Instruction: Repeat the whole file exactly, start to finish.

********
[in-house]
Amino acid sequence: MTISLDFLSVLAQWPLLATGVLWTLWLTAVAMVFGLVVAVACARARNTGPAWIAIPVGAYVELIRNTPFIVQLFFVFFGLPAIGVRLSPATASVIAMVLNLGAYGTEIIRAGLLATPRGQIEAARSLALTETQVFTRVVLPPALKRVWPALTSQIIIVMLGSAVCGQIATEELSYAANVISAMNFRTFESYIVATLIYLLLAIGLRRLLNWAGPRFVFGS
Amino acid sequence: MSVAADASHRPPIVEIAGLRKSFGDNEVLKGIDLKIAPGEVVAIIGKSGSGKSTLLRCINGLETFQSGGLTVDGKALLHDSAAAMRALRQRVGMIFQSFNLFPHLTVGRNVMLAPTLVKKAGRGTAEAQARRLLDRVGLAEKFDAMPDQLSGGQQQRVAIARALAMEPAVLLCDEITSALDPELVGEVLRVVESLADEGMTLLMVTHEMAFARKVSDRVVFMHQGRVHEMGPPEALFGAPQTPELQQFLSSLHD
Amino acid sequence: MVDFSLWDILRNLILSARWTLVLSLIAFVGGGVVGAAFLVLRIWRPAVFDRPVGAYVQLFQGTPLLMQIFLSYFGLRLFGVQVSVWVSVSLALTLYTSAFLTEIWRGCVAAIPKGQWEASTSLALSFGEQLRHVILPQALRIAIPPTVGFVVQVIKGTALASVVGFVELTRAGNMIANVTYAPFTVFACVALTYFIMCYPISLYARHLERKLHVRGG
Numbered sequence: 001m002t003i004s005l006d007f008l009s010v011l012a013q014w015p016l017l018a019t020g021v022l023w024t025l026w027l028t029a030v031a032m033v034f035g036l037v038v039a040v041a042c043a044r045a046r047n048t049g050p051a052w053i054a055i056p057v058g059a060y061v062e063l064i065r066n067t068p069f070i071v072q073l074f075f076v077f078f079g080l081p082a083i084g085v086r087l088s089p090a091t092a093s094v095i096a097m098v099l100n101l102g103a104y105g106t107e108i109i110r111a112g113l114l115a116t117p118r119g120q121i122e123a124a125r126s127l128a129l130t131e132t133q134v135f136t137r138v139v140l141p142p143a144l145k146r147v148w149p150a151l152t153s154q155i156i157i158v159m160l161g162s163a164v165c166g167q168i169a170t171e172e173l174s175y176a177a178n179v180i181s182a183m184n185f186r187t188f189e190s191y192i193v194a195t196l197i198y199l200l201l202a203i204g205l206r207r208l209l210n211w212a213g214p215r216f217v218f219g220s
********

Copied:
[in-house]
Amino acid sequence: MTISLDFLSVLAQWPLLATGVLWTLWLTAVAMVFGLVVAVACARARNTGPAWIAIPVGAYVELIRNTPFIVQLFFVFFGLPAIGVRLSPATASVIAMVLNLGAYGTEIIRAGLLATPRGQIEAARSLALTETQVFTRVVLPPALKRVWPALTSQIIIVMLGSAVCGQIATEELSYAANVISAMNFRTFESYIVATLIYLLLAIGLRRLLNWAGPRFVFGS
Amino acid sequence: MSVAADASHRPPIVEIAGLRKSFGDNEVLKGIDLKIAPGEVVAIIGKSGSGKSTLLRCINGLETFQSGGLTVDGKALLHDSAAAMRALRQRVGMIFQSFNLFPHLTVGRNVMLAPTLVKKAGRGTAEAQARRLLDRVGLAEKFDAMPDQLSGGQQQRVAIARALAMEPAVLLCDEITSALDPELVGEVLRVVESLADEGMTLLMVTHEMAFARKVSDRVVFMHQGRVHEMGPPEALFGAPQTPELQQFLSSLHD
Amino acid sequence: MVDFSLWDILRNLILSARWTLVLSLIAFVGGGVVGAAFLVLRIWRPAVFDRPVGAYVQLFQGTPLLMQIFLSYFGLRLFGVQVSVWVSVSLALTLYTSAFLTEIWRGCVAAIPKGQWEASTSLALSFGEQLRHVILPQALRIAIPPTVGFVVQVIKGTALASVVGFVELTRAGNMIANVTYAPFTVFACVALTYFIMCYPISLYARHLERKLHVRGG
Numbered sequence: 001m002t003i004s005l006d007f008l009s010v011l012a013q014w015p016l017l018a019t020g021v022l023w024t025l026w027l028t029a030v031a032m033v034f035g036l037v038v039a040v041a042c043a044r045a046r047n048t049g050p051a052w053i054a055i056p057v058g059a060y061v062e063l064i065r066n067t068p069f070i071v072q073l074f075f076v077f078f079g080l081p082a083i084g085v086r087l088s089p090a091t092a093s094v095i096a097m098v099l100n101l102g103a104y105g106t107e108i109i110r111a112g113l114l115a116t117p118r119g120q121i122e123a124a125r126s127l128a129l130t131e132t133q134v135f136t137r138v139v140l141p142p143a144l145k146r147v148w149p150a151l152t153s154q155i156i157i158v159m160l161g162s163a164v165c166g167q168i169a170t171e172e173l174s175y176a177a178n179v180i181s182a183m184n185f186r187t188f189e190s191y192i193v194a195t196l197i198y199l200l201l202a203i204g205l206r207r208l209l210n211w212a213g214p215r216f217v218f219g220s